Wednesday, 8 April 2009

SSO Casual Concert / Review

Singapore Symphony Orchestra
Darrell Ang, Conductor
Sunday (5 April 2009, 5pm)
Esplanade Concert Hall

This review was published in The Straits Times on 7 April 2009.

It has been customary over the decades for the Singapore Symphony Orchestra to delegate its outreach, outdoor and short concerts to a younger group of conductors. Lim Yau, Lan Shui (when he was a young guest conductor in the early 1990s), Bart Folse, Wang Ya-Hui and Chan Tze Law all had their turns in such diversions in the past. However rarely has an hour-long Casual Concert been as technically demanding for both orchestra and conductor as the one mastered by young Darrell Ang (below) this evening.

Beginning with the multi-layered complexities of Debussy’s Iberia (from Images), the orchestra delivered a highly disciplined and tautly marshaled account. While exhibiting typically Hispanic fervour in its raucous opening, it was in the tender slow middle segment Les Parfums de la nuit (The Fragance of the Night) where the orchestra’s greater strengths laid.

Its overall sultriness, sensuous and atmospheric murmurings were magnificently realised, none better portrayed in Rachel Walker’s haunting oboe solo. It was however in the restive final section (The Morning Of The Festival Day) where a certain cautiousness could have made way for an unbuttoned show of exuberance.

No reservations arose in Ang’s stupendous vision of Tchaikovsky’s symphonic poem Francesca da Rimini. Its journey through Dante’s inferno was as harrowing as it was awe-inspiring; tongues of fire leapt as molten lava boiled over, with the ill-fated lovers clasped in a fatal final embrace. And then came the love music.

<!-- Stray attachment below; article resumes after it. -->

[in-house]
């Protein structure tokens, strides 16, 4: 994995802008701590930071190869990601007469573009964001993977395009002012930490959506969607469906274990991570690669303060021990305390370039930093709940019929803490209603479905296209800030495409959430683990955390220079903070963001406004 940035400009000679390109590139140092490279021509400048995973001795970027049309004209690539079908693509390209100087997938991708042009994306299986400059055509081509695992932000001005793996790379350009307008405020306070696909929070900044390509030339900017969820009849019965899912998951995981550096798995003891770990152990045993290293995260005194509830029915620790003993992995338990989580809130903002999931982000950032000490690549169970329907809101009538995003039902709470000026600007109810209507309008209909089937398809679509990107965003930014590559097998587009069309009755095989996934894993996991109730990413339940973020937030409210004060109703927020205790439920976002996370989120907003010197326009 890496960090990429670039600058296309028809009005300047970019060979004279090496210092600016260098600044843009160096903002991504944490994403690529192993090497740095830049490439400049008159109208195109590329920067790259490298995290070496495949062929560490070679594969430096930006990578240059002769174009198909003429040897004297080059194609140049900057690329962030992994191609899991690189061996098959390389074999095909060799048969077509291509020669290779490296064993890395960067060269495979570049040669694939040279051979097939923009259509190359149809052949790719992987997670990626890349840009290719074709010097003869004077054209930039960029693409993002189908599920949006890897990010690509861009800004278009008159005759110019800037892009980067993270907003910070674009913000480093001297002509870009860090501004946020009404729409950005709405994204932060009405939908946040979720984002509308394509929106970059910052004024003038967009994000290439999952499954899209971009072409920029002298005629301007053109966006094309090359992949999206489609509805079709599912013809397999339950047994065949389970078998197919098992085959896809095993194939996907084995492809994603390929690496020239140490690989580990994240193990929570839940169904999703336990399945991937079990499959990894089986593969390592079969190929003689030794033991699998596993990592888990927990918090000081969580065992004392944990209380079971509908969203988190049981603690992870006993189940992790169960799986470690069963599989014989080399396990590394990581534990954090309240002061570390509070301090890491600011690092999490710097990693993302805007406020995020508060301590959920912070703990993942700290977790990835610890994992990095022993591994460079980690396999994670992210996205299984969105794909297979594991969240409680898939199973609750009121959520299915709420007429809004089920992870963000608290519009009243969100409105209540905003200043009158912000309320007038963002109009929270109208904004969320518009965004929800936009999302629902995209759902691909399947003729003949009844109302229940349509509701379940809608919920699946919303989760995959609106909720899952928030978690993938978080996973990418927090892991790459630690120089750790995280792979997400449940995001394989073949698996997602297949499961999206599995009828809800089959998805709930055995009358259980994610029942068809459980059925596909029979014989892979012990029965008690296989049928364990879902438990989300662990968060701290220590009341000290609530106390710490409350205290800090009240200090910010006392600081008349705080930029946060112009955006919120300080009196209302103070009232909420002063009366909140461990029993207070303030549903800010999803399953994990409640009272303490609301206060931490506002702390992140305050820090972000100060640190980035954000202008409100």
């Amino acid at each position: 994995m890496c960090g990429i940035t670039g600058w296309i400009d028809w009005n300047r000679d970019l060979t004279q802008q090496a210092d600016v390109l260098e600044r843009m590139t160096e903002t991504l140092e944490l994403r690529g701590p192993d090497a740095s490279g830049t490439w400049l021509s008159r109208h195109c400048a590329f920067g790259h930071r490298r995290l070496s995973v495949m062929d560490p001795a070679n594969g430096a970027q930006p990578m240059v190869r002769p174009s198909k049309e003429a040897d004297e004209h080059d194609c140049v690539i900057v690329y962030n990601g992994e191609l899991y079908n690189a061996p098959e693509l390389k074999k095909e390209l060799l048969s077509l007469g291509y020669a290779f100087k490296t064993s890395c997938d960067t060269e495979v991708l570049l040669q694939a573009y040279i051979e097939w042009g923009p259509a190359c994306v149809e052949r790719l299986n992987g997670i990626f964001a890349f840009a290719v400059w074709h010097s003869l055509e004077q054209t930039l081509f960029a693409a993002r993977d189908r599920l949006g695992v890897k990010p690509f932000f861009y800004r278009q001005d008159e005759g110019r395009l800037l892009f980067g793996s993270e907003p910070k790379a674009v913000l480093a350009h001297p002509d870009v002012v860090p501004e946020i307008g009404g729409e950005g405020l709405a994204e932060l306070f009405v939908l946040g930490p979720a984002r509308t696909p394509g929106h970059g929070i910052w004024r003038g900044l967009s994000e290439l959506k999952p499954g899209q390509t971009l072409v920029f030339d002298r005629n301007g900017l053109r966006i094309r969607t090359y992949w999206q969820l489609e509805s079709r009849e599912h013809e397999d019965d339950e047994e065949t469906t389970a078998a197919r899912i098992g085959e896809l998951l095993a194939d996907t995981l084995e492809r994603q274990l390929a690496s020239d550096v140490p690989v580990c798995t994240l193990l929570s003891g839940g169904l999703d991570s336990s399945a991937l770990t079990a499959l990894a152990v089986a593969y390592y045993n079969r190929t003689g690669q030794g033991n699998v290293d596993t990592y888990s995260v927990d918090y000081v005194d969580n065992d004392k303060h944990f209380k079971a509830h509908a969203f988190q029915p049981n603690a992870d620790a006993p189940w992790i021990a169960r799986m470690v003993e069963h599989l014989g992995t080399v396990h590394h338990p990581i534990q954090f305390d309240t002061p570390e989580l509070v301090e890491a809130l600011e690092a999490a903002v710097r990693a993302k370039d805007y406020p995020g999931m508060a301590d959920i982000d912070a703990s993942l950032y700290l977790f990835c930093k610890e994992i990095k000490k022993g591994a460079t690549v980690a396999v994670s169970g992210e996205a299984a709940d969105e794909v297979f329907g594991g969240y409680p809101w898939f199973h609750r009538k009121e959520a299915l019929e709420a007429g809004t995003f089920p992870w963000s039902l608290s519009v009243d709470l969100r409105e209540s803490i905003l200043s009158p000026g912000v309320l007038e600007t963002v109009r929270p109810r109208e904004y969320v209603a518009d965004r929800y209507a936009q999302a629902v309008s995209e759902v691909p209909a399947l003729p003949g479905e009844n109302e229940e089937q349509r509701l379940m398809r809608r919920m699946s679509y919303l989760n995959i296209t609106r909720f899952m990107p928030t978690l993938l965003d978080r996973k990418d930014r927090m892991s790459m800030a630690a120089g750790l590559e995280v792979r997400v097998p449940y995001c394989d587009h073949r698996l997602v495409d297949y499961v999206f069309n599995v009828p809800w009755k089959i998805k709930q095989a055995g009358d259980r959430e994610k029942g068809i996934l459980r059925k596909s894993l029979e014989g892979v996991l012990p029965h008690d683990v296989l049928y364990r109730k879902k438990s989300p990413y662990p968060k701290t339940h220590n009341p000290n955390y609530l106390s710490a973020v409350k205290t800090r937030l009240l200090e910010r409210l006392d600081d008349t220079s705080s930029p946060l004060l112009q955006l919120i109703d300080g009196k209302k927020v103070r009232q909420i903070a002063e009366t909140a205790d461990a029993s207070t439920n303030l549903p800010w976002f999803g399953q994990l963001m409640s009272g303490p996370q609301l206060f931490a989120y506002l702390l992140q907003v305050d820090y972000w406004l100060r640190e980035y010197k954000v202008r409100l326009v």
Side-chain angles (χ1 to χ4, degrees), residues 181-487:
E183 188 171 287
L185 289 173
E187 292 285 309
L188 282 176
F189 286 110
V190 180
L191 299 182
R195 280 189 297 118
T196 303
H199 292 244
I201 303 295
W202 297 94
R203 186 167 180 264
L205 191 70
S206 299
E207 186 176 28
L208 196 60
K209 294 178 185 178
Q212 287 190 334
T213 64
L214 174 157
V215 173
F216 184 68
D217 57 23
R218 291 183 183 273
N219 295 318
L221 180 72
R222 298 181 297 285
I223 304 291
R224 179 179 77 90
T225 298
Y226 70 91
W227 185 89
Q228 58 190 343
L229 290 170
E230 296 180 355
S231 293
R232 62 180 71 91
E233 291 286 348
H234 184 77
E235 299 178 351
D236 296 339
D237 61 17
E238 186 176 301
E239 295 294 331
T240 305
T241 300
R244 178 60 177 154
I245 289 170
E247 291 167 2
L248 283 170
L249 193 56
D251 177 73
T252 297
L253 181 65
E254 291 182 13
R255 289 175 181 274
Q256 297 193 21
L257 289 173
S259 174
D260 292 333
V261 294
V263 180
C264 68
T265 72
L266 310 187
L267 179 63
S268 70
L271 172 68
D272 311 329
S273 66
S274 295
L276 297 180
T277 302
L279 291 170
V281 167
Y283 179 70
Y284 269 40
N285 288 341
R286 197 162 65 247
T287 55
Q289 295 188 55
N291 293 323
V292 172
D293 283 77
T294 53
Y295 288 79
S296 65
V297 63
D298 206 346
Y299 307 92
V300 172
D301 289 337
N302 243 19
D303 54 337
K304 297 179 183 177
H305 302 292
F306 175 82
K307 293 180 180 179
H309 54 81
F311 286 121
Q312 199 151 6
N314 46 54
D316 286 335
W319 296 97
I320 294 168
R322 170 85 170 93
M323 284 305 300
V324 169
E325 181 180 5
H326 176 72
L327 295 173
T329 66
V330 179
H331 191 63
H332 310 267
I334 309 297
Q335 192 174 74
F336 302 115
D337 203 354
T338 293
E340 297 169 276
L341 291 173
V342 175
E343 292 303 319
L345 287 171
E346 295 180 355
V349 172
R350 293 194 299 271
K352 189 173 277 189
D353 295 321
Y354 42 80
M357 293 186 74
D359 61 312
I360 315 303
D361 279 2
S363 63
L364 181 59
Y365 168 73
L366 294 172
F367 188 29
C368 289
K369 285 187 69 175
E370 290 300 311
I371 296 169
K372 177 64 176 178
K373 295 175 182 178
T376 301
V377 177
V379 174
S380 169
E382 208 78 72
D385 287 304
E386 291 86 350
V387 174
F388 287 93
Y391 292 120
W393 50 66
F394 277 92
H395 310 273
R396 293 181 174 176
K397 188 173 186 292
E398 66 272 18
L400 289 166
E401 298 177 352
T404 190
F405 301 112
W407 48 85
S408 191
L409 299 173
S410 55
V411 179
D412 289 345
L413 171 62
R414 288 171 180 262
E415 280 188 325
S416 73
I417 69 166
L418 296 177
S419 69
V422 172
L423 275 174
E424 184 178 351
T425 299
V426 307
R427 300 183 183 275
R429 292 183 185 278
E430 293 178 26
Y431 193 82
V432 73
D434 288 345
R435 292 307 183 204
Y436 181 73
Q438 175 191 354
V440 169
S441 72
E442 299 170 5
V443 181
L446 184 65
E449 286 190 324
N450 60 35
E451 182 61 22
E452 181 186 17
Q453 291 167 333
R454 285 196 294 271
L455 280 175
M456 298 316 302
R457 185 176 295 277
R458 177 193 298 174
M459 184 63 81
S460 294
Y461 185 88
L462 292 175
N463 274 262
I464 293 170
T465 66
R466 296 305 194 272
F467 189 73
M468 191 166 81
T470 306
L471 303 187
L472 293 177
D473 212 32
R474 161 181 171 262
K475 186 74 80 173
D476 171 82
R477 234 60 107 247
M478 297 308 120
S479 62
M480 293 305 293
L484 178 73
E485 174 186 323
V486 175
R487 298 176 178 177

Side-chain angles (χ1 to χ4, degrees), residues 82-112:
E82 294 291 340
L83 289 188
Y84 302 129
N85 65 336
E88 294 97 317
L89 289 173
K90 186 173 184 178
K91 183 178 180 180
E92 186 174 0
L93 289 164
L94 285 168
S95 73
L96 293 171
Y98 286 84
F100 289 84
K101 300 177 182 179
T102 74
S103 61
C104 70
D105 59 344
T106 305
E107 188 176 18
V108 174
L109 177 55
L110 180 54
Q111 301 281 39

It is no exaggeration to assert that only Ang comes close to Music Director Lan Shui in extracting hot-blooded juices of passion from any torso of love music. On this occasion, his efforts were aided by clarinetist Li Xin’s wonderfully fulsome clarinet solo, which brought this over-sentimental music to new heights.

Between two pillars of orchestral masterpieces was a short concertante segment that featured former Menuhin protégé Jin Li (left) in Saint-Saen’s Havanaise. Any hint of reticence in Jin’s stage demeanor was immediately dispelled by his wide vibrato and the unabashed pyrotechnics he commanded. Music transforms lives and personalities, and in this case, it was clearly for the better.

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